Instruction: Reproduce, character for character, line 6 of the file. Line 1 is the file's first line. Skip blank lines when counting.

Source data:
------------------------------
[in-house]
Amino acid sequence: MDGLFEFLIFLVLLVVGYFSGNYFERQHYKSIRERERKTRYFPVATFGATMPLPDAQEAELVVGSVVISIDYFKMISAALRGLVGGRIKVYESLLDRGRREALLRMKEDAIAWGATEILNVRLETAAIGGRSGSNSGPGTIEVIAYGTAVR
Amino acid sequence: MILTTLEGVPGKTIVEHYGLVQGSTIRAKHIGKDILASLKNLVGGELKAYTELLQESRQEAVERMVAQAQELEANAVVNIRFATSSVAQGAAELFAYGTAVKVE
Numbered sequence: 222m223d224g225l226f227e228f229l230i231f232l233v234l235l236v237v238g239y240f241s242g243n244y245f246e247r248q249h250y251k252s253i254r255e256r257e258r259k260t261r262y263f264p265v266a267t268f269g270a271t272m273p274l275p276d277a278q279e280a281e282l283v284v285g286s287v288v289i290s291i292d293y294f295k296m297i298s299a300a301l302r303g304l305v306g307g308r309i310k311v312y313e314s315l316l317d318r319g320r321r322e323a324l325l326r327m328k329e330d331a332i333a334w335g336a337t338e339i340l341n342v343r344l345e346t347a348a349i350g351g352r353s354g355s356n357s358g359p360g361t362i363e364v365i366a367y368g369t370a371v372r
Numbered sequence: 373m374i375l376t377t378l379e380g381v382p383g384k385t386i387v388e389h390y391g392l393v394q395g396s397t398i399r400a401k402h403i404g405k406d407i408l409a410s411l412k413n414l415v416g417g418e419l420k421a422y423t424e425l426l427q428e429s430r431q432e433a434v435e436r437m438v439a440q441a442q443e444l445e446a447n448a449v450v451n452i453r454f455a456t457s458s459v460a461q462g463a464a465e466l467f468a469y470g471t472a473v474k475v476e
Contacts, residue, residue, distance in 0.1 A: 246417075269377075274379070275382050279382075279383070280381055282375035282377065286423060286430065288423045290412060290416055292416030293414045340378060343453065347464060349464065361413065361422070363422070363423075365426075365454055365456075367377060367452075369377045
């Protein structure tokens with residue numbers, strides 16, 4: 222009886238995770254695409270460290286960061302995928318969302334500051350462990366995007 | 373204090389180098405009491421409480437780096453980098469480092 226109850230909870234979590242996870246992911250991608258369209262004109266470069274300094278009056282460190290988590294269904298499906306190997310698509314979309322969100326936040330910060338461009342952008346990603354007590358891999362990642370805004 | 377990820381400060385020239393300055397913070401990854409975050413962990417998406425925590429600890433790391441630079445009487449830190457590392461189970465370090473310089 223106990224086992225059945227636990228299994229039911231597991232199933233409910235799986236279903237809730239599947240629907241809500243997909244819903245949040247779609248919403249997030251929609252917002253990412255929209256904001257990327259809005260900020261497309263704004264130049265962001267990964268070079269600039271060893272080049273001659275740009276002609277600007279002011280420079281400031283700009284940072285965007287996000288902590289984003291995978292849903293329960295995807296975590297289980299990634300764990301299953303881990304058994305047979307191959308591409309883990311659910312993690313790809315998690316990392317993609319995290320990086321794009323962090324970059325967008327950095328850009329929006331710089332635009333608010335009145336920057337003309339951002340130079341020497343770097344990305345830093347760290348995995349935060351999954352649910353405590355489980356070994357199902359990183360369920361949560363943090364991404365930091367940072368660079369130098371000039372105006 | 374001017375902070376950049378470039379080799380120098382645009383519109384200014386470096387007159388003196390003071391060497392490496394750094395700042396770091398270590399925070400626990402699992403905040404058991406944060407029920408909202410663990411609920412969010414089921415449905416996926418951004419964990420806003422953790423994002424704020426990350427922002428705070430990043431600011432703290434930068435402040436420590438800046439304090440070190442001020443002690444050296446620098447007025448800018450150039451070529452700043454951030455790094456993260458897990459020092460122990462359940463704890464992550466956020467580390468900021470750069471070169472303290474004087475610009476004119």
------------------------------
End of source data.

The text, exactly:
Contacts, residue, residue, distance in 0.1 A: 246417075269377075274379070275382050279382075279383070280381055282375035282377065286423060286430065288423045290412060290416055292416030293414045340378060343453065347464060349464065361413065361422070363422070363423075365426075365454055365456075367377060367452075369377045